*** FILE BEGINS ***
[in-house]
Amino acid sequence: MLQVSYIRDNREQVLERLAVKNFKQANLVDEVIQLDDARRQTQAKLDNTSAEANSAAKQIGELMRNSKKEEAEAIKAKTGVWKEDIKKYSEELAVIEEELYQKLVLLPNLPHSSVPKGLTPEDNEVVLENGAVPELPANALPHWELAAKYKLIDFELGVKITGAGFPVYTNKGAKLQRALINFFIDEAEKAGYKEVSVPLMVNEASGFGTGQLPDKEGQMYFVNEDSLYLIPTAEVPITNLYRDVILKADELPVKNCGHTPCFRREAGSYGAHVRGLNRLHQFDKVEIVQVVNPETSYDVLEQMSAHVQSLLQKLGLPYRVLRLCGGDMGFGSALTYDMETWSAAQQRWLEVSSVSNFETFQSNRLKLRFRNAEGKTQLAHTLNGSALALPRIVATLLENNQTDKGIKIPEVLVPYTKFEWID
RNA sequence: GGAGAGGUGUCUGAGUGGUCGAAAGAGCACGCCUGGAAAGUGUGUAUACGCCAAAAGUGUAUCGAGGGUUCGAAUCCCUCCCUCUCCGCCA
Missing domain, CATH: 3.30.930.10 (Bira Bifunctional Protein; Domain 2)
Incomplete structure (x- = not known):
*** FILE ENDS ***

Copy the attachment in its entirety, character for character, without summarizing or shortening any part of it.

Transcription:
[in-house]
Amino acid sequence: MLQVSYIRDNREQVLERLAVKNFKQANLVDEVIQLDDARRQTQAKLDNTSAEANSAAKQIGELMRNSKKEEAEAIKAKTGVWKEDIKKYSEELAVIEEELYQKLVLLPNLPHSSVPKGLTPEDNEVVLENGAVPELPANALPHWELAAKYKLIDFELGVKITGAGFPVYTNKGAKLQRALINFFIDEAEKAGYKEVSVPLMVNEASGFGTGQLPDKEGQMYFVNEDSLYLIPTAEVPITNLYRDVILKADELPVKNCGHTPCFRREAGSYGAHVRGLNRLHQFDKVEIVQVVNPETSYDVLEQMSAHVQSLLQKLGLPYRVLRLCGGDMGFGSALTYDMETWSAAQQRWLEVSSVSNFETFQSNRLKLRFRNAEGKTQLAHTLNGSALALPRIVATLLENNQTDKGIKIPEVLVPYTKFEWID
RNA sequence: GGAGAGGUGUCUGAGUGGUCGAAAGAGCACGCCUGGAAAGUGUGUAUACGCCAAAAGUGUAUCGAGGGUUCGAAUCCCUCCCUCUCCGCCA
Missing domain, CATH: 3.30.930.10 (Bira Bifunctional Protein; Domain 2)
Incomplete structure (x- = not known):